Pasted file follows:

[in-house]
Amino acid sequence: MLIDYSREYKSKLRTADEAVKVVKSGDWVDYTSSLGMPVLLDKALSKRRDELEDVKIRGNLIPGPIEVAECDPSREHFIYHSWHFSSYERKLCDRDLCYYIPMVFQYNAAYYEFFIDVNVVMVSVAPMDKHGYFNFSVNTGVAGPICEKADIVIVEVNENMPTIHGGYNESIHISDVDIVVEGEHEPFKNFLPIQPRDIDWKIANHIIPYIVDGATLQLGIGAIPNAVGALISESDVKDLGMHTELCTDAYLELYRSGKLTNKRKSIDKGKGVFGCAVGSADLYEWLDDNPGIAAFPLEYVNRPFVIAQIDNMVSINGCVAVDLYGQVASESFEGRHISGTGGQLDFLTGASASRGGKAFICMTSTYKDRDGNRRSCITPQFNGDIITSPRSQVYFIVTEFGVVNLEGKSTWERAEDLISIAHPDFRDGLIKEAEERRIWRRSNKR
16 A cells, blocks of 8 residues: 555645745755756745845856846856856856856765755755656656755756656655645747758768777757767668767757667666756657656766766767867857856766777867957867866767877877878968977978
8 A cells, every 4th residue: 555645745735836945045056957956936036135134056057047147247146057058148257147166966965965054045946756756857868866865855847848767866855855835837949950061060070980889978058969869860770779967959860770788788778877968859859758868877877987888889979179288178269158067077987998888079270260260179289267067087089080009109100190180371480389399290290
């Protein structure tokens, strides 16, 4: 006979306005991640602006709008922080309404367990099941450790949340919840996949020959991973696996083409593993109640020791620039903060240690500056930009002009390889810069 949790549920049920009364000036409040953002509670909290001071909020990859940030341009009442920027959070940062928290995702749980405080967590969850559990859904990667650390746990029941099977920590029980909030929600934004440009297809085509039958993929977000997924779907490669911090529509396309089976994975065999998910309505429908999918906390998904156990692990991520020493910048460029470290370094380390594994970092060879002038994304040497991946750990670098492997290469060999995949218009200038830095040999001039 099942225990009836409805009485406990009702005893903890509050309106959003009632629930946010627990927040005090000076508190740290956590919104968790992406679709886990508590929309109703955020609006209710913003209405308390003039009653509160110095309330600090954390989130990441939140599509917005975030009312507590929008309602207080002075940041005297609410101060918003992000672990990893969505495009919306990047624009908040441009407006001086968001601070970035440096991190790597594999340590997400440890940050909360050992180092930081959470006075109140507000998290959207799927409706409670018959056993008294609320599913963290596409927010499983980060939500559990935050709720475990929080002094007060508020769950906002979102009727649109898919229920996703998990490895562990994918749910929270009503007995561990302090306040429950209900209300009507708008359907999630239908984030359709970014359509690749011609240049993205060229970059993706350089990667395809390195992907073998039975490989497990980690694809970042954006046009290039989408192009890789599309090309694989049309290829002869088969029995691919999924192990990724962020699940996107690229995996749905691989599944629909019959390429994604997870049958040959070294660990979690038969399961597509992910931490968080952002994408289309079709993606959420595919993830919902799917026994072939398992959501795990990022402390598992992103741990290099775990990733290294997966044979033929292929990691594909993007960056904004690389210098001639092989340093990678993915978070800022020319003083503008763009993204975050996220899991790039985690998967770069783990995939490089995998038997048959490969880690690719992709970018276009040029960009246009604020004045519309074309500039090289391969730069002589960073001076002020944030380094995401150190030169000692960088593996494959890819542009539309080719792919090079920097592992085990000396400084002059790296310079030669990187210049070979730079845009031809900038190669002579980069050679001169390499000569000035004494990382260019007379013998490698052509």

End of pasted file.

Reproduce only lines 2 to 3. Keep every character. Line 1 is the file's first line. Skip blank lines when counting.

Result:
Amino acid sequence: MLIDYSREYKSKLRTADEAVKVVKSGDWVDYTSSLGMPVLLDKALSKRRDELEDVKIRGNLIPGPIEVAECDPSREHFIYHSWHFSSYERKLCDRDLCYYIPMVFQYNAAYYEFFIDVNVVMVSVAPMDKHGYFNFSVNTGVAGPICEKADIVIVEVNENMPTIHGGYNESIHISDVDIVVEGEHEPFKNFLPIQPRDIDWKIANHIIPYIVDGATLQLGIGAIPNAVGALISESDVKDLGMHTELCTDAYLELYRSGKLTNKRKSIDKGKGVFGCAVGSADLYEWLDDNPGIAAFPLEYVNRPFVIAQIDNMVSINGCVAVDLYGQVASESFEGRHISGTGGQLDFLTGASASRGGKAFICMTSTYKDRDGNRRSCITPQFNGDIITSPRSQVYFIVTEFGVVNLEGKSTWERAEDLISIAHPDFRDGLIKEAEERRIWRRSNKR
16 A cells, blocks of 8 residues: 555645745755756745845856846856856856856765755755656656755756656655645747758768777757767668767757667666756657656766766767867857856766777867957867866767877877878968977978